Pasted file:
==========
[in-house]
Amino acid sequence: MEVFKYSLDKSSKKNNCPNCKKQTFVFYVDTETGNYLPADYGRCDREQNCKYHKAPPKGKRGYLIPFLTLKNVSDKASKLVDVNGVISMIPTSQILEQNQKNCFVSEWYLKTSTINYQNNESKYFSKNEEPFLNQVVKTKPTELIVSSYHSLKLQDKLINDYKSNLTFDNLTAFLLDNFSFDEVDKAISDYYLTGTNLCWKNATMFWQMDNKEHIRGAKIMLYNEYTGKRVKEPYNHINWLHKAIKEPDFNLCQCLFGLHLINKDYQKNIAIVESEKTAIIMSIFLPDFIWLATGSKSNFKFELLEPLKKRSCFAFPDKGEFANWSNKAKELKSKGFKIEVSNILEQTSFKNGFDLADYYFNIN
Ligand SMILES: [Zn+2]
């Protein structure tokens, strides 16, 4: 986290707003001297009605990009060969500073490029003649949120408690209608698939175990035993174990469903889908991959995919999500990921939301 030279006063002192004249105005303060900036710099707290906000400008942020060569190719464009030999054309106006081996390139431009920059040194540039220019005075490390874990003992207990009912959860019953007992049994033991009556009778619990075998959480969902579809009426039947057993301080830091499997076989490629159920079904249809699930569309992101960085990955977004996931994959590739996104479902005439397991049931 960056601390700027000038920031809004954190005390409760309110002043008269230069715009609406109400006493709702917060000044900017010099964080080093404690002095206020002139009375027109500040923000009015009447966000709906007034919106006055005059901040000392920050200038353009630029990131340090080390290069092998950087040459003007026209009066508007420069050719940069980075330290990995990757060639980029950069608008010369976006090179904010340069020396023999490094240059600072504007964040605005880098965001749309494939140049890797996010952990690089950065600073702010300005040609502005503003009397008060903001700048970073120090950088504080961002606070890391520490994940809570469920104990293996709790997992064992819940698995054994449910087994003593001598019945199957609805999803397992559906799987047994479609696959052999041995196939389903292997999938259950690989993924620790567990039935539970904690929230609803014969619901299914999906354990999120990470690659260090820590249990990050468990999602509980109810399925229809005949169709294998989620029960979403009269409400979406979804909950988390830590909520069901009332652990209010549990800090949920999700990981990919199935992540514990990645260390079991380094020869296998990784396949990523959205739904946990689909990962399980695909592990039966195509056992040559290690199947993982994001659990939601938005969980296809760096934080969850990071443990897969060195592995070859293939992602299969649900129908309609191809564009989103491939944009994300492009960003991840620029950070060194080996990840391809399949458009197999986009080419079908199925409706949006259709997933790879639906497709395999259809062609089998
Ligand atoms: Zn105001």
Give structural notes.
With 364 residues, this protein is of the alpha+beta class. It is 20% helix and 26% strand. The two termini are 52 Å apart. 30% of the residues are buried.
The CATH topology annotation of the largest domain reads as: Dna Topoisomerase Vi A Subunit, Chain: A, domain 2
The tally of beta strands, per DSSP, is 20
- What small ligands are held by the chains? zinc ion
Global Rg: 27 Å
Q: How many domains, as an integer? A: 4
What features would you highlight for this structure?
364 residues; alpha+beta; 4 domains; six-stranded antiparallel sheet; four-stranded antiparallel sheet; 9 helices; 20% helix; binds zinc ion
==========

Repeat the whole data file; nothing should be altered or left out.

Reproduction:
[in-house]
Amino acid sequence: MEVFKYSLDKSSKKNNCPNCKKQTFVFYVDTETGNYLPADYGRCDREQNCKYHKAPPKGKRGYLIPFLTLKNVSDKASKLVDVNGVISMIPTSQILEQNQKNCFVSEWYLKTSTINYQNNESKYFSKNEEPFLNQVVKTKPTELIVSSYHSLKLQDKLINDYKSNLTFDNLTAFLLDNFSFDEVDKAISDYYLTGTNLCWKNATMFWQMDNKEHIRGAKIMLYNEYTGKRVKEPYNHINWLHKAIKEPDFNLCQCLFGLHLINKDYQKNIAIVESEKTAIIMSIFLPDFIWLATGSKSNFKFELLEPLKKRSCFAFPDKGEFANWSNKAKELKSKGFKIEVSNILEQTSFKNGFDLADYYFNIN
Ligand SMILES: [Zn+2]
């Protein structure tokens, strides 16, 4: 986290707003001297009605990009060969500073490029003649949120408690209608698939175990035993174990469903889908991959995919999500990921939301 030279006063002192004249105005303060900036710099707290906000400008942020060569190719464009030999054309106006081996390139431009920059040194540039220019005075490390874990003992207990009912959860019953007992049994033991009556009778619990075998959480969902579809009426039947057993301080830091499997076989490629159920079904249809699930569309992101960085990955977004996931994959590739996104479902005439397991049931 960056601390700027000038920031809004954190005390409760309110002043008269230069715009609406109400006493709702917060000044900017010099964080080093404690002095206020002139009375027109500040923000009015009447966000709906007034919106006055005059901040000392920050200038353009630029990131340090080390290069092998950087040459003007026209009066508007420069050719940069980075330290990995990757060639980029950069608008010369976006090179904010340069020396023999490094240059600072504007964040605005880098965001749309494939140049890797996010952990690089950065600073702010300005040609502005503003009397008060903001700048970073120090950088504080961002606070890391520490994940809570469920104990293996709790997992064992819940698995054994449910087994003593001598019945199957609805999803397992559906799987047994479609696959052999041995196939389903292997999938259950690989993924620790567990039935539970904690929230609803014969619901299914999906354990999120990470690659260090820590249990990050468990999602509980109810399925229809005949169709294998989620029960979403009269409400979406979804909950988390830590909520069901009332652990209010549990800090949920999700990981990919199935992540514990990645260390079991380094020869296998990784396949990523959205739904946990689909990962399980695909592990039966195509056992040559290690199947993982994001659990939601938005969980296809760096934080969850990071443990897969060195592995070859293939992602299969649900129908309609191809564009989103491939944009994300492009960003991840620029950070060194080996990840391809399949458009197999986009080419079908199925409706949006259709997933790879639906497709395999259809062609089998
Ligand atoms: Zn105001």
Give structural notes.
With 364 residues, this protein is of the alpha+beta class. It is 20% helix and 26% strand. The two termini are 52 Å apart. 30% of the residues are buried.
The CATH topology annotation of the largest domain reads as: Dna Topoisomerase Vi A Subunit, Chain: A, domain 2
The tally of beta strands, per DSSP, is 20
- What small ligands are held by the chains? zinc ion
Global Rg: 27 Å
Q: How many domains, as an integer? A: 4
What features would you highlight for this structure?
364 residues; alpha+beta; 4 domains; six-stranded antiparallel sheet; four-stranded antiparallel sheet; 9 helices; 20% helix; binds zinc ion